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China's ambivalent relationship with its high-carbon economy continues at critical gathering

Chinese Premier Li Keqiang. Creative Commons, Friends of Europe, 2012

Chinese Premier Li Keqiang. Creative Commons, Friends of Europe, 2012

Climate and energy issues were at the forefront at a pair of annual meetings held this week in Beijing.

The National People’s Conference (NPP) and the Chinese People’s Political Consultative Conference (CPPCC)—commonly referred to as ‘the two sessions’ or ‘Lianghui’—brought together thousands of delegates and high-ranking members of the Communist Party of China to discuss legislation, budget, and the all important yearly growth target.

Leaders announced a target growth rate of 7.5%, unchanged from the previous two years’ targets. The continuation of China’s breakneck expansion has some observers, like Mark Williams, Qinwei Wang, and Julian Evans-Pritchard of Capital Economics, worried about the nation’s “structural problems.”

Much of the discussion at the meetings focused on deepening reforms in China, where exceedingly fast economic growth has often outpaced the buildup of adequate regulatory frameworks.

Chinese leadership is acutely aware of the need for change. Indeed, a work report presented by Premier Li Keqiang contained the word “reform” upwards of 75 times.

The work report prominently features an ecological compensation mechanism that is designed to reduce smog and harmful particulate matter in pollution-plagued cities.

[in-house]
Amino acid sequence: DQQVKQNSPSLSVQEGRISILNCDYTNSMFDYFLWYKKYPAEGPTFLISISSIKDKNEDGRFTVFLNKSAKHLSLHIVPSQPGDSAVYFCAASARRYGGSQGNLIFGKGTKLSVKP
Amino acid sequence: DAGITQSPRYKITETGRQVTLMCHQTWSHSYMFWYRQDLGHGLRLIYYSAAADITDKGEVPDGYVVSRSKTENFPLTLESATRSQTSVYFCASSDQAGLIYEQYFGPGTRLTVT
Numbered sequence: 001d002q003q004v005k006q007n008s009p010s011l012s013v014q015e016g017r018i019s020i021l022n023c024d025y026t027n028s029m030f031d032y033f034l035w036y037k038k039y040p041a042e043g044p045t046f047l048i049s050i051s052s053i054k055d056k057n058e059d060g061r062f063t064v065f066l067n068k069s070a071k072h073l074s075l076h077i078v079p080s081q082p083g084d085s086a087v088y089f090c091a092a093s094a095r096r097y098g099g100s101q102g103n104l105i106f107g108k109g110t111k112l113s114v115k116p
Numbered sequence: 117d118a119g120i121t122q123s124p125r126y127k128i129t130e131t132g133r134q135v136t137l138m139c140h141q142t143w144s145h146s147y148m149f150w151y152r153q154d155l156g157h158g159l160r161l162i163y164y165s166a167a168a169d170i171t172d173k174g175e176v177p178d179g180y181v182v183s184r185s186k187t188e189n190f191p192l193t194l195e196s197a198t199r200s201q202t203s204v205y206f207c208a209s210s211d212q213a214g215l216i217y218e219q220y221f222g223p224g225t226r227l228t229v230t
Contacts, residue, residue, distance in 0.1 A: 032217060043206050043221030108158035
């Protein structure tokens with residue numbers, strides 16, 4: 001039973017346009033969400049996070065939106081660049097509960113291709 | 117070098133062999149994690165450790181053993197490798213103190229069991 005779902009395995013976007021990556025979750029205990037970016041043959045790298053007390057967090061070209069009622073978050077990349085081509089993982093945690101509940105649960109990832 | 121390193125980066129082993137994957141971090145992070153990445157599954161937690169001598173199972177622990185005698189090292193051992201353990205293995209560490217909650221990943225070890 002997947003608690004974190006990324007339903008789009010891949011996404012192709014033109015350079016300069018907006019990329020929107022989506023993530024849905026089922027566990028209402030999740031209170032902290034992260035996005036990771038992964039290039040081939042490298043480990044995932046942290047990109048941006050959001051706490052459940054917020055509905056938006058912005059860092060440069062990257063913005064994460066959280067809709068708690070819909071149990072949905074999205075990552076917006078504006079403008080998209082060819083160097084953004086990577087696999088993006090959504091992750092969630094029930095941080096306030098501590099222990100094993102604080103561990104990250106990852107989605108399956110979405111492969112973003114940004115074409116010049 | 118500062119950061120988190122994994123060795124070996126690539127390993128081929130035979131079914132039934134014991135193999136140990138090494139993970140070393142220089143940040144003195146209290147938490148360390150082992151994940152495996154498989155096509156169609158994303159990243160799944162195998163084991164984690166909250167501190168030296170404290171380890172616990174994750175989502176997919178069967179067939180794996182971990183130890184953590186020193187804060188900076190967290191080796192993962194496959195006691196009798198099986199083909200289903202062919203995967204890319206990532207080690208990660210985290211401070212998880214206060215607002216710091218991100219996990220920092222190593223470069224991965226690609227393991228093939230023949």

The report said that a market-based, cross-region system that would reward environmental stewardship would be “pushed forward” in the coming year.

Air conditions in Beijing have been garnering widespread international news coverage, as dense clouds have blanketed the city, prompting official emergency measures. The city’s Heavy Air Pollution Contingency Plan contains measures for closing schools, restricting vehicle access to the city, and shutting down factories during spikes in air pollution.

As bad as conditions are in the capital city, newly released data show that nine Chinese cities suffered more days of severe smog than Beijing did last year.

At a press conference on Wednesday, Li vowed to combat polluters with an “iron fist.”

His remarks were largely directed at the operators of coal plants and high-emission vehicles. In addition to releasing billions of tons of warming greenhouse gases into the atmosphere, fossil fuel combustion produces PM2.5, an especially dangerous kind component of smog that has been linked to respiratory problems and cancer.

Li described pollution as “nature’s red-light warning” against “inefficient and blind development,” and added that China would aim to reduce coal consumption by 22 million tons over the course of 2014.

While the decrease in coal usage might be as much a function of economics and market forces as of policy, it is nevertheless a welcome development given the undeniable health and climate impacts of burning the dirty fuel.

And even though environmental issues were a hot topic at this month’s meetings, there remains little tolerance for environmental activism in China.

In February, the China Central Television Finance Channel publicly indicted the Chinese government’s environmental failures and was immediately censored. In retaliation, at least one editor at CCTV was dismissed and the channel was forbidden from any future reporting on Beijing’s smog.

Meanwhile, a state–sponsored think tank was censored for releasing a report about the pollution crisis, and at least one person—the artist Du Xia—was detained by state police in central Beijing for protesting the air conditions there.

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